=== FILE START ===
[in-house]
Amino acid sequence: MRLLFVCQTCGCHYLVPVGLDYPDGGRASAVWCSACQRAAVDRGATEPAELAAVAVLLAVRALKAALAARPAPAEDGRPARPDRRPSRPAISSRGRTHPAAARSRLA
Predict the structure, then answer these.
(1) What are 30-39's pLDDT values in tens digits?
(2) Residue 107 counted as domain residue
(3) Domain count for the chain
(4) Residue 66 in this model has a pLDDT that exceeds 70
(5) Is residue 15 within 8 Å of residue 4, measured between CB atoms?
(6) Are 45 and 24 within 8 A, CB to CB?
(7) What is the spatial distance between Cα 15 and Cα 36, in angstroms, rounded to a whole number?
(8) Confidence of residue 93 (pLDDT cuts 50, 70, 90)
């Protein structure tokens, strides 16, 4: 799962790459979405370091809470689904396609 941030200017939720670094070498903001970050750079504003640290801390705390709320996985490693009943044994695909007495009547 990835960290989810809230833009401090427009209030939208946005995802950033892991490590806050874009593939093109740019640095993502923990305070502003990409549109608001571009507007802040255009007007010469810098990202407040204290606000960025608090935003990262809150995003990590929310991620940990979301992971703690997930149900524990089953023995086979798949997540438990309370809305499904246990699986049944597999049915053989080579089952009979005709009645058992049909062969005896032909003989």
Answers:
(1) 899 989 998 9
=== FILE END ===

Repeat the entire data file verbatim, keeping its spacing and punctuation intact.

[in-house]
Amino acid sequence: MRLLFVCQTCGCHYLVPVGLDYPDGGRASAVWCSACQRAAVDRGATEPAELAAVAVLLAVRALKAALAARPAPAEDGRPARPDRRPSRPAISSRGRTHPAAARSRLA
Predict the structure, then answer these.
(1) What are 30-39's pLDDT values in tens digits?
(2) Residue 107 counted as domain residue
(3) Domain count for the chain
(4) Residue 66 in this model has a pLDDT that exceeds 70
(5) Is residue 15 within 8 Å of residue 4, measured between CB atoms?
(6) Are 45 and 24 within 8 A, CB to CB?
(7) What is the spatial distance between Cα 15 and Cα 36, in angstroms, rounded to a whole number?
(8) Confidence of residue 93 (pLDDT cuts 50, 70, 90)
């Protein structure tokens, strides 16, 4: 799962790459979405370091809470689904396609 941030200017939720670094070498903001970050750079504003640290801390705390709320996985490693009943044994695909007495009547 990835960290989810809230833009401090427009209030939208946005995802950033892991490590806050874009593939093109740019640095993502923990305070502003990409549109608001571009507007802040255009007007010469810098990202407040204290606000960025608090935003990262809150995003990590929310991620940990979301992971703690997930149900524990089953023995086979798949997540438990309370809305499904246990699986049944597999049915053989080579089952009979005709009645058992049909062969005896032909003989």
Answers:
(1) 899 989 998 9